What Makes Someone Financially Included? I’m Confused

Posted by John Gitau, CEO, Kenya Financial Education Centre

This photo two hands, one holding a mobile phone displaying an M-PESA mobile money services interface, the other holding a few bills of cash. In the background is an M-PESA poster.The other day, I received a text message from an engineer keen on financial inclusion matters. He wrote:

“Morning Sir! I was just thinking. At what cost is financial inclusion? I have just read a big sign in Donholm: Redeem your airtime for cash. Does this add to financial inclusion? If I am stuck, someone can sambaza (share) airtime and then I can redeem it as cash and get fare to go home. In financial inclusion, since you are in this field, is it all about such access and convenience to financial services?”

I didn’t immediately have an answer to his question. It sent me thinking broadly and deeply. Through M-Pesa, Safaricom has a “financial inclusion” base of over 16 million Kenyans. Then I remembered that in the G20 Los Cabos Summit of June 2012,* mobile money use was left out as one of the measures of financial inclusion. Having a formal bank account was in. But this realization left me more confused. Safaricom mobile connectivity through its M-Pesa product is excluded as an inclusion parameter just because Safaricom isn’t a bank? Wait a minute, now we have M-Shwari, a bank account at Commercial Bank of Africa available to M-Pesa customers through Safaricom. How shall that be treated? Inclusion within a largely excluded service? Of all Safaricom M-Pesa customers, are only those with M-Shwari accounts counted as included?

This reminded me of a story in Chinua Achebe’s Things Fall Apart about a character called Dimaragana who could not give his knife to cut dog meat because dog meat was taboo, but he was ready to cut the dog meat with his teeth. So, Safaricom customers using M-Pesa are not included but perhaps if they go deeper into its system and buy a product called M-Shwari, they’ll get included? Unsatisfied, I thought about a few other financial services scenarios. If an M-Pesa customer were to close off her M-Shwari account while still using M-Pesa, would that be exclusion? Suppose instead of M-Shwari, she sends money to her retirement benefit scheme through her Mbao Pension scheme. Would she then be considered included? She could also buy an insurance policy from CIC Insurance using their Ksh 20 insurance-per-day scheme and make her payments through M-Pesa… Still excluded?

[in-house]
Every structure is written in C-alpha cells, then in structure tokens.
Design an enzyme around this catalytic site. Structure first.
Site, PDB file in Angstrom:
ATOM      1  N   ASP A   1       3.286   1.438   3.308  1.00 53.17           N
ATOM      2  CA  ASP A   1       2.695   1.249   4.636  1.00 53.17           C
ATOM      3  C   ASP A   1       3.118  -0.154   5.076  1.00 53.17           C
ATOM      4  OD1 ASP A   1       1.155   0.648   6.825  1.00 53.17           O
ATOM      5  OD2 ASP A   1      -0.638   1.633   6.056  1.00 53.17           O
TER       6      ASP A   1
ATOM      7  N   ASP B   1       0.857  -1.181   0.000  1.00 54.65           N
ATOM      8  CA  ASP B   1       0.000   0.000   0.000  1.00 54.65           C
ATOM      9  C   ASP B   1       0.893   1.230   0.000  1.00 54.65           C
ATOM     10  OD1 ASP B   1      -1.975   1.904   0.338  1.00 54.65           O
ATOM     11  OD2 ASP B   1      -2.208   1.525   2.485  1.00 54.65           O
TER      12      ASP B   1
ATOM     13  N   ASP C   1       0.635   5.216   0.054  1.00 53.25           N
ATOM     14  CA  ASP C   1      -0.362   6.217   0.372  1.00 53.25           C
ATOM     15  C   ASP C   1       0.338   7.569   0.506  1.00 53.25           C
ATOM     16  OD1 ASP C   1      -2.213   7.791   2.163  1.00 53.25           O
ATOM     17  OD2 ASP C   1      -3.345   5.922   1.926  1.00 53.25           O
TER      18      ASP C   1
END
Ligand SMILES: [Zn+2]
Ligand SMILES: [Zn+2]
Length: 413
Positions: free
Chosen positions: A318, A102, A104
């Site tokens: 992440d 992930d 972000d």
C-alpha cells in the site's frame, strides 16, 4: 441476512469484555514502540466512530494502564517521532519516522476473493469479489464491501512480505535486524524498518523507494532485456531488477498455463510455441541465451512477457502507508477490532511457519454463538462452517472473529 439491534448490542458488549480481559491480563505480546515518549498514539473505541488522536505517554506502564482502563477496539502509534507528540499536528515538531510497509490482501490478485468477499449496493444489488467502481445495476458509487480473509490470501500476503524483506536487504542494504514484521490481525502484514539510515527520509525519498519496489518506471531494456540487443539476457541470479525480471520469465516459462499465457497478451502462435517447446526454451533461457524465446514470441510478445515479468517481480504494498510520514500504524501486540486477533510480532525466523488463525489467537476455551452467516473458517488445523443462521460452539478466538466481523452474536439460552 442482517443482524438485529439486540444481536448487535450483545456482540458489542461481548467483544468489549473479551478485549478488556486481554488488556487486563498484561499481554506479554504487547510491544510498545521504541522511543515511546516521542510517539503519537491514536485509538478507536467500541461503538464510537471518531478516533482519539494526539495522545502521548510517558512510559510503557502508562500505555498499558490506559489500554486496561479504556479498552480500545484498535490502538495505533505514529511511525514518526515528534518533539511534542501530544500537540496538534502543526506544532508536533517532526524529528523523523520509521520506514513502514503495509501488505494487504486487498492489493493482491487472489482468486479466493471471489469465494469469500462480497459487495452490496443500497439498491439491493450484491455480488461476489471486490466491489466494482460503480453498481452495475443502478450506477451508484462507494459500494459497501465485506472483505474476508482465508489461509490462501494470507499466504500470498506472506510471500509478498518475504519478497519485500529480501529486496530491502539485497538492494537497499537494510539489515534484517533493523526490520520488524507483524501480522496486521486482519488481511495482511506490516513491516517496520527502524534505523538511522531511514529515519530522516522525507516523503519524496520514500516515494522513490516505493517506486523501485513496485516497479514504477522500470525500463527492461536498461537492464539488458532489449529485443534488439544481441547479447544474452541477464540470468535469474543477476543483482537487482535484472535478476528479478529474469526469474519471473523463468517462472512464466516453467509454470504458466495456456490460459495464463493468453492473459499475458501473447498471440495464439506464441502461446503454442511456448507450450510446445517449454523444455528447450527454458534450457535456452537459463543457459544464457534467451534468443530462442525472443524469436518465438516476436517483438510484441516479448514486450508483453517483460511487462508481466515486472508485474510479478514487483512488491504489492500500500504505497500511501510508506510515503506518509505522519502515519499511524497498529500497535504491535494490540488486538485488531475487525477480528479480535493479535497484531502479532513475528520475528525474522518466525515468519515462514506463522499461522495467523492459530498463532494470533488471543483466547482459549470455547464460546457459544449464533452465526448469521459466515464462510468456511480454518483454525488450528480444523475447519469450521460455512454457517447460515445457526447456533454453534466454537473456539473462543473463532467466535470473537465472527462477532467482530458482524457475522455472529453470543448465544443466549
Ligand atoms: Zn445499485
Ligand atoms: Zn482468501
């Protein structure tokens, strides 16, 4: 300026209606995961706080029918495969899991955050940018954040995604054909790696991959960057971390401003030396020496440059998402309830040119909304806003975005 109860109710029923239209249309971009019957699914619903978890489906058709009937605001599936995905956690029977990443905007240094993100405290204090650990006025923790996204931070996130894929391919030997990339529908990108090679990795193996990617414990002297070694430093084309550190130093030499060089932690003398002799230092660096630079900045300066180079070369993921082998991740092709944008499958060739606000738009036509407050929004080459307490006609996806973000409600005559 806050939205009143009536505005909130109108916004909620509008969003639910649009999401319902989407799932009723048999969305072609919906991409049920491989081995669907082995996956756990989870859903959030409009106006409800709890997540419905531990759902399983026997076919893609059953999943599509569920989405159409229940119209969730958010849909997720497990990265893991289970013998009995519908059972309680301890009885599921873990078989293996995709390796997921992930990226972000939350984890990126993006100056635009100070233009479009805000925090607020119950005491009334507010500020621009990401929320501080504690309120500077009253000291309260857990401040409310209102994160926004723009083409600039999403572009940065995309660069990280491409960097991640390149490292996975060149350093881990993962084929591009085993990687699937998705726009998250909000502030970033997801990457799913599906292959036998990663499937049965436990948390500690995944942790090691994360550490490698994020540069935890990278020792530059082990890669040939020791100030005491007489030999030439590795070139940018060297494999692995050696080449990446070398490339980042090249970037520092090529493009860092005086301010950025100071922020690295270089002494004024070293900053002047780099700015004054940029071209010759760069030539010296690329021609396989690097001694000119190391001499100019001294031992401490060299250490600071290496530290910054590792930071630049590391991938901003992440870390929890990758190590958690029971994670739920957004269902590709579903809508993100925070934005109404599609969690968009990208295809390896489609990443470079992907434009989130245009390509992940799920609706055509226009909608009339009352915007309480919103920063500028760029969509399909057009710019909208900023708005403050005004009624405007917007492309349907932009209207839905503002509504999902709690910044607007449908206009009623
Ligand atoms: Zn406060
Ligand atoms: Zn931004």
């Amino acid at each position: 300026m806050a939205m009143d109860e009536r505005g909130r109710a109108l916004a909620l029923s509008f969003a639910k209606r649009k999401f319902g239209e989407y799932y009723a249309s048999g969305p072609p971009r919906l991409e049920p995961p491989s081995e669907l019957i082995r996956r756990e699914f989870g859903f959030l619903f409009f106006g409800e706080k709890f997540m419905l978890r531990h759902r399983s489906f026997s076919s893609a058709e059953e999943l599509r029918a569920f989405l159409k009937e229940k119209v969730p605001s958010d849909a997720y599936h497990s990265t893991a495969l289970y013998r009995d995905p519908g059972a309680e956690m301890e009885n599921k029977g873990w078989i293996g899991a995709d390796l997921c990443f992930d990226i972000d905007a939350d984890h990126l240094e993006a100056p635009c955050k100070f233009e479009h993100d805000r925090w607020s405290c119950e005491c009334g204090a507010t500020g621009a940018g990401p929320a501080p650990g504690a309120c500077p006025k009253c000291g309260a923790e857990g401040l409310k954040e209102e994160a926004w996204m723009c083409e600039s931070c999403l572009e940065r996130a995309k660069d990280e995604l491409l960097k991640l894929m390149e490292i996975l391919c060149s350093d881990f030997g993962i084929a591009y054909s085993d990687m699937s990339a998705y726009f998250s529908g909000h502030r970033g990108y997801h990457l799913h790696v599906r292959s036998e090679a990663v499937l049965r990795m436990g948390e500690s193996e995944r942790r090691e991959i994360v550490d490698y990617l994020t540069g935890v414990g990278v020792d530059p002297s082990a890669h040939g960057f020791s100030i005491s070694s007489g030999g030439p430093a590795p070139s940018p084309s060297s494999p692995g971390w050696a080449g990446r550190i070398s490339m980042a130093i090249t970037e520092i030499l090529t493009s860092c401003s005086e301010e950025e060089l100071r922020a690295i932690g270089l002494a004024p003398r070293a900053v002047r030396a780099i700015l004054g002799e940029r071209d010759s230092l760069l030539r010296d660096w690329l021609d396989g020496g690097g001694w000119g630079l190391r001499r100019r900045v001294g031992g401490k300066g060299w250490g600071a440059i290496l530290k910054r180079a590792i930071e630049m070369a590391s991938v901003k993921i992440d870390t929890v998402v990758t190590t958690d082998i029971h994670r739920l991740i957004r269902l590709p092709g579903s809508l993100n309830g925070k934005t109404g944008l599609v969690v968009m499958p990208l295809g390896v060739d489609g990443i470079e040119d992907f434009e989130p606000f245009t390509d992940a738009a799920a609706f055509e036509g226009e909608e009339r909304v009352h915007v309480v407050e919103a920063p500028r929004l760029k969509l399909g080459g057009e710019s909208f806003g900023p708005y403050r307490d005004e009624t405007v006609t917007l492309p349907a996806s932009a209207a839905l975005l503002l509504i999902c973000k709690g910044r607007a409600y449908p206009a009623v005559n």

There are real implications to this label that affect our larger pursuit of financial inclusion. Safaricom is neither a financial institution nor an MFI. Who will protect consumers from exploitation in the name of financial inclusion if the telcos entering the field aren’t acknowledged as providing financial services? Appropriately recognizing financially inclusive services might make the difference between facilitating an inclusive mobile financial services field and leaving the ever-expanding sector to become a free-for-all in profit taking. On the other hand, aren’t they justified by reaching many consumers with financial services at a level that financial institutions haven’t so far?

Sorry engineer, I have no answer for you now, but through this post I am seeking help from my colleagues in this space. Please help me answer the engineer, otherwise he will lose confidence in me. Meanwhile, Sir, go ahead and redeem your airtime for cash. While airtime is not a formally recognized financial service, neither is your cash—not unless you use it to buy a financial service. You are lucky because I know you have a bank, and thus you are in the included statistics in Kenya. Otherwise you could use all kinds of services without being counted, according to G20 standards.*

John Gitau, a financial education consultant and trainer, is the CEO of Kenya Financial Education Centre, an independent centre that offers financial training to staff and clients of financial service providers. His passion is teaching financial literacy and designing financial products for the poor. From 1992 to 2010, he was a Capital Markets Authority regulated investment consultant with Bridges Capital Ltd. He is a master trainer of trainers with the Global Financial Education Program (GFEP), developed by Microfinance Opportunities in collaboration with Freedom from Hunger and Citi Foundation.

Image credit: AFRiTORIAL

*This post was modified from its original version on March 20, 2013. The original post cited the “Alliance for Financial Inclusion (AFI) Global Policy Forum in South Africa” and “AFI standards” in the third and sixth paragraphs, respectively. These mentions have been replaced with the “G20 Los Cabos Summit of June 2012” and “G20 standards.”

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